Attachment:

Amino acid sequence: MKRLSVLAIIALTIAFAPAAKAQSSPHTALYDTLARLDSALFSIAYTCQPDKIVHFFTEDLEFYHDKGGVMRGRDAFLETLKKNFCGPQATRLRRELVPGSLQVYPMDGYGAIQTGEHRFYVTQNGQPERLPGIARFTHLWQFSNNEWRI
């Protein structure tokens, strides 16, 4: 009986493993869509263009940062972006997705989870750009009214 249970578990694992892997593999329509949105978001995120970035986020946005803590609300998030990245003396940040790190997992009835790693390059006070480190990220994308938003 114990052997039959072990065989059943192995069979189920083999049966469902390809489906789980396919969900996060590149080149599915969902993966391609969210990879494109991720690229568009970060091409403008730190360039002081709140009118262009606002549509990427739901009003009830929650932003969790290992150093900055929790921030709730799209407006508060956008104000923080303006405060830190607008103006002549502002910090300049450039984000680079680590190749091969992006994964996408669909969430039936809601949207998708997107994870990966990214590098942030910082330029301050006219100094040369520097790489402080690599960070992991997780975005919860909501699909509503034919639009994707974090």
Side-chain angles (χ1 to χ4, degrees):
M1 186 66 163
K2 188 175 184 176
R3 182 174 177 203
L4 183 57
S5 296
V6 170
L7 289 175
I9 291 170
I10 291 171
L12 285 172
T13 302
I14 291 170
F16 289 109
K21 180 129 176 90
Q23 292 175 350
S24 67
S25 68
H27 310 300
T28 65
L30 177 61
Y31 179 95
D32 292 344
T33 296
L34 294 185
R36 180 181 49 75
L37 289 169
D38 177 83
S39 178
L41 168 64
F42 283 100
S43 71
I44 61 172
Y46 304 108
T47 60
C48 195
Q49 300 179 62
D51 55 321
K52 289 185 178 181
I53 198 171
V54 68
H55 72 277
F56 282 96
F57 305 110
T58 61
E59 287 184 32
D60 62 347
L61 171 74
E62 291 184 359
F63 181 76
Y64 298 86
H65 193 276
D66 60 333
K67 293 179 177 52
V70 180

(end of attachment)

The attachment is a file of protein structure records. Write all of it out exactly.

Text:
Amino acid sequence: MKRLSVLAIIALTIAFAPAAKAQSSPHTALYDTLARLDSALFSIAYTCQPDKIVHFFTEDLEFYHDKGGVMRGRDAFLETLKKNFCGPQATRLRRELVPGSLQVYPMDGYGAIQTGEHRFYVTQNGQPERLPGIARFTHLWQFSNNEWRI
């Protein structure tokens, strides 16, 4: 009986493993869509263009940062972006997705989870750009009214 249970578990694992892997593999329509949105978001995120970035986020946005803590609300998030990245003396940040790190997992009835790693390059006070480190990220994308938003 114990052997039959072990065989059943192995069979189920083999049966469902390809489906789980396919969900996060590149080149599915969902993966391609969210990879494109991720690229568009970060091409403008730190360039002081709140009118262009606002549509990427739901009003009830929650932003969790290992150093900055929790921030709730799209407006508060956008104000923080303006405060830190607008103006002549502002910090300049450039984000680079680590190749091969992006994964996408669909969430039936809601949207998708997107994870990966990214590098942030910082330029301050006219100094040369520097790489402080690599960070992991997780975005919860909501699909509503034919639009994707974090």
Side-chain angles (χ1 to χ4, degrees):
M1 186 66 163
K2 188 175 184 176
R3 182 174 177 203
L4 183 57
S5 296
V6 170
L7 289 175
I9 291 170
I10 291 171
L12 285 172
T13 302
I14 291 170
F16 289 109
K21 180 129 176 90
Q23 292 175 350
S24 67
S25 68
H27 310 300
T28 65
L30 177 61
Y31 179 95
D32 292 344
T33 296
L34 294 185
R36 180 181 49 75
L37 289 169
D38 177 83
S39 178
L41 168 64
F42 283 100
S43 71
I44 61 172
Y46 304 108
T47 60
C48 195
Q49 300 179 62
D51 55 321
K52 289 185 178 181
I53 198 171
V54 68
H55 72 277
F56 282 96
F57 305 110
T58 61
E59 287 184 32
D60 62 347
L61 171 74
E62 291 184 359
F63 181 76
Y64 298 86
H65 193 276
D66 60 333
K67 293 179 177 52
V70 180